Friday, Jan 8, 2010
by PopMatters Staff
by Bee Wilson
Intelligent Life (Winter 2009)

“After 20 years “The Simpsons” is almost as established as Disney. Bee Wilson compares and contrasts two giants of pop culture ...Homer Simpson, that lovable yellow lunkhead, is probably the best-known idiot on the planet. His catchphrase–-D’oh–-is the expression of a deeply limited brain constantly surprised by its own folly. In episode 257 of “The Simpsons”, “HOMR”, we learn that he wasn’t born like that: he has actually had a crayon lodged in his brain since the age of six. Following an operation to remove the crayon, Homer finally becomes smart. “I was working on a flat-tax proposal”, he remarks, “and I accidentally proved there’s no God.” But intelligence has its downside. For the first time, Homer feels alienated by the stupidity of mainstream culture. He drifts past a Disney store, and he is filled with unbearable sadness, no longer able to relate to the homogenised rubbish on sale. In the end, he can take it no more, and pays Moe the bartender to shove another crayon in his brain, so he can rejoin the Disney-watching, donut-munching masses.”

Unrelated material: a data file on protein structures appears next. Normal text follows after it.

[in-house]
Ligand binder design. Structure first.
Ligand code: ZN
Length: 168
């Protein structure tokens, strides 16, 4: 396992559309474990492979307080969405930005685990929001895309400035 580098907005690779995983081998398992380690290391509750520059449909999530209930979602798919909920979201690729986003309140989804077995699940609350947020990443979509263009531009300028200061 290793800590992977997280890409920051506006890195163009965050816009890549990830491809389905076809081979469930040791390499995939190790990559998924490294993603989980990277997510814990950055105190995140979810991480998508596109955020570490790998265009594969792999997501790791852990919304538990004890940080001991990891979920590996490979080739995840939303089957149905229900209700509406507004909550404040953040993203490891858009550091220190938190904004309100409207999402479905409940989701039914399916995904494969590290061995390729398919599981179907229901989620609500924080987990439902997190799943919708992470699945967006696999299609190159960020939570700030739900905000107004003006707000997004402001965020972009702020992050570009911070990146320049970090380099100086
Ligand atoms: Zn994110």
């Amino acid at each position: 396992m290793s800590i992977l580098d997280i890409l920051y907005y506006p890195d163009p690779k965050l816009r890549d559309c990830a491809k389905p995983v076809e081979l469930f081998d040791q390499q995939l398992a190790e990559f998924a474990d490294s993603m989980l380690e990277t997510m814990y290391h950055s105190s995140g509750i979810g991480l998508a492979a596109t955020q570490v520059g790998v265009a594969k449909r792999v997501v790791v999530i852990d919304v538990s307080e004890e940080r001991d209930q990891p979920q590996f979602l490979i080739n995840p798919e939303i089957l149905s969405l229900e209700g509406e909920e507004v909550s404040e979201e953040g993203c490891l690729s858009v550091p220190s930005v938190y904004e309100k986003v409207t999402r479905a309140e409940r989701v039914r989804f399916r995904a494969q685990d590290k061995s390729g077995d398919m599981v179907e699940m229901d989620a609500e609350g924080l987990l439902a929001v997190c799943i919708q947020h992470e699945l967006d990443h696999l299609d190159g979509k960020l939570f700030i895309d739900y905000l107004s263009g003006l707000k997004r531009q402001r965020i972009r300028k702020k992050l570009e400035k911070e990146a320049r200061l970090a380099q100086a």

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//Mixed media

Authenticity Issues and the New Intimacies

// Marginal Utility

"The social-media companies have largely succeeded in persuading users of their platforms' neutrality. What we fail to see is that these new identities are no less contingent and dictated to us then the ones circumscribed by tradition; only now the constraints are imposed by for-profit companies in explicit service of gain.

READ the article